Ephraim Pearson, whose name introduces this record, received but limited educational privileges, being permitted to attend school for only a few weeks during each winter, and when any special work was to be done upon the farm he was forced to remain at home and assist. He aided his father in the development and cultivation of the old homestead until his marriage, after which he cultivated his father-in-law's farm one year. He afterward located upon his own farm in Newton township and successfully carried on agricultural pursuits until the spring of 1883, when he rented his property and took up his abode in Covington, where he has since lived a retired life, enjoying a rest which he has truly earned and richly deserves. During the war he put aside business considerations to serve under the call for one-hundred-day men in Company A, One Hundred and Forty-seventh Infantry. For a time he was stationed at Arlington Heights, and was honorably discharged at Camp Dennison at the expiration of his term.

    On February 23, 1854, Mr. Pearson was united in marriage to Miss Nancy Caldwell, who was born in Newton township, January 1, 1836, a representative of one of the well known and honored families of the county, and to them have been born four children: James W., a resident of Newton township; Harvey Edward, who died at the age of two years; Alfred Ellis, who is living in Troy; and Hannah A., wife of George Maier, by whom she has one child, Harley W. Mr. and Mrs. Pearson have a large circle of friends and acquaintances in this community, for their sterling traits of character have gained them the high regard of all with whom they have been brought in contact. The success of his life is due to no inherited fortune or to any happy succession of advantageous circumstances, but to his own sturdy will, steady application, tireless industry and sterling integrity.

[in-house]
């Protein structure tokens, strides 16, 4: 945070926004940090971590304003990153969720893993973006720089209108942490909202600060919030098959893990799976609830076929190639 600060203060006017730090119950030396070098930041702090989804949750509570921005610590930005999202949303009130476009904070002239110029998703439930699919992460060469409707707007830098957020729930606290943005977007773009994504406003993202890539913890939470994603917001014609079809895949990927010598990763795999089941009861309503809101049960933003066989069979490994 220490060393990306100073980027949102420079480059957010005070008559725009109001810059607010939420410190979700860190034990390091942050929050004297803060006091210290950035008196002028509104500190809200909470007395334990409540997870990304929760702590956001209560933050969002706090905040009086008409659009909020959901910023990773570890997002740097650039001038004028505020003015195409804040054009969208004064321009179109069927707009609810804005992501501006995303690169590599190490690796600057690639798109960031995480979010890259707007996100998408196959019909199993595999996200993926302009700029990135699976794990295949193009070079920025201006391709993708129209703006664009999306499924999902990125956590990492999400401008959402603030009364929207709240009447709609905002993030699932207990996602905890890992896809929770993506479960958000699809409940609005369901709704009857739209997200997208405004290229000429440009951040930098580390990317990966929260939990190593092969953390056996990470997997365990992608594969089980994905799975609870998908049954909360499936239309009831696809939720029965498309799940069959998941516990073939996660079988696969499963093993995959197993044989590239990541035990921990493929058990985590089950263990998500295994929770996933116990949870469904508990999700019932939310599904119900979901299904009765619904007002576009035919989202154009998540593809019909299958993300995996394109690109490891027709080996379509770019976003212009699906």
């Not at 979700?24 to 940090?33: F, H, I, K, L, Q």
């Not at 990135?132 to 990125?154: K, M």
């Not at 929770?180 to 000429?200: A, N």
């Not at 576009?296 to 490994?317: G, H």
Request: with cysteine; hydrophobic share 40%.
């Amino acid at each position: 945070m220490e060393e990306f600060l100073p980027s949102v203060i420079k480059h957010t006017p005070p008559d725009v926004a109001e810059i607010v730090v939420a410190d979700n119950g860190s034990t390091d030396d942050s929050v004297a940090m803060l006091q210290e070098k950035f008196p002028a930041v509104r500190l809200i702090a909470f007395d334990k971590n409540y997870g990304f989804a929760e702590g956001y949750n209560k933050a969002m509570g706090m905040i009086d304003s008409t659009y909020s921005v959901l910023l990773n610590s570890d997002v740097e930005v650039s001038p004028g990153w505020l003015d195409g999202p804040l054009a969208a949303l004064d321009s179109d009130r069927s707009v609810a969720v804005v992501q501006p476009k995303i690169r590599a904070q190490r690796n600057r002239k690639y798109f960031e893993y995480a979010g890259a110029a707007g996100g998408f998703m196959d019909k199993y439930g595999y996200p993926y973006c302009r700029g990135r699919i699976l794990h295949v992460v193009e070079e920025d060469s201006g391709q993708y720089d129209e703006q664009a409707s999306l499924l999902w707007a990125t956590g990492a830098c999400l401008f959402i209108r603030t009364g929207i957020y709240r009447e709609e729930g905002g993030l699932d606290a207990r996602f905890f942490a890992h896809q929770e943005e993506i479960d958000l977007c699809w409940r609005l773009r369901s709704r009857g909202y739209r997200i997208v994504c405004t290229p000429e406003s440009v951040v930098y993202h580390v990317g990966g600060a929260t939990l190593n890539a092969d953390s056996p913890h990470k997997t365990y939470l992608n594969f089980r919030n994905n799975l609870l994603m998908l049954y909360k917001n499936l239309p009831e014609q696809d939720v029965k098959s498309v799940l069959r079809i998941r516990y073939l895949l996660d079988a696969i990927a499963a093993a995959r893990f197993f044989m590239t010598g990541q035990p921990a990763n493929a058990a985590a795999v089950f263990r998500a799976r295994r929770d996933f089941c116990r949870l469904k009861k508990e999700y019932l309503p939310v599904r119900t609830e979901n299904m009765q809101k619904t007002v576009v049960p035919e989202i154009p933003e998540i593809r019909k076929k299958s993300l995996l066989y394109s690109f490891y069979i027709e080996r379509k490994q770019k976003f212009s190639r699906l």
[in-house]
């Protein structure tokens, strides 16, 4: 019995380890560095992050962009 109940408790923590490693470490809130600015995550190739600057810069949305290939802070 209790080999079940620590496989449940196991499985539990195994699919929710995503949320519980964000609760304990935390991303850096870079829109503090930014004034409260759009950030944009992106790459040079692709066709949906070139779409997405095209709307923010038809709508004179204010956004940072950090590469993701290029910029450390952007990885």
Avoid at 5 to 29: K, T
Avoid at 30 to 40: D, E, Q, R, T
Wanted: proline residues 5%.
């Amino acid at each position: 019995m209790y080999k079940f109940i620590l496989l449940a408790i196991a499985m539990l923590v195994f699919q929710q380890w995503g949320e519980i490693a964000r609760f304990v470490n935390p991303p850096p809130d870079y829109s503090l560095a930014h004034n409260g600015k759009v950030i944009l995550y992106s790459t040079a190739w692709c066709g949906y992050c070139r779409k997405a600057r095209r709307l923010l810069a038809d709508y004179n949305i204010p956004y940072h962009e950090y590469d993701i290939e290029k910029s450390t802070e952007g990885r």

Mr. and Mrs. Pearson united with the Hopewell Christian church, of Pleasant Hill, in 1859, and since coming to Covington have been devoted members of the church here. Mr. Pearson was a deacon of the Hopewell church for years and served as a trustee of the Covington church. Mrs. Pearson is a member of the Ladies' Aid and Missionary Societies. Mr. Pearson has always been a stanch Republican, casting his first vote for Fremont. He served as a trustee of Newton township for three years and in the same capacity in Newberry township for twelve years. He was urged to accept another term, but declined. He served one term in the Covington town council and four years on the soldiers' relief committee. He is a member of Longston G. A. R. Post, No. 299, and served therein as quartermaster and chaplain. Mr. and Mrs. Pearson were charter members of the Grange and remained with them until their removal to Bradford.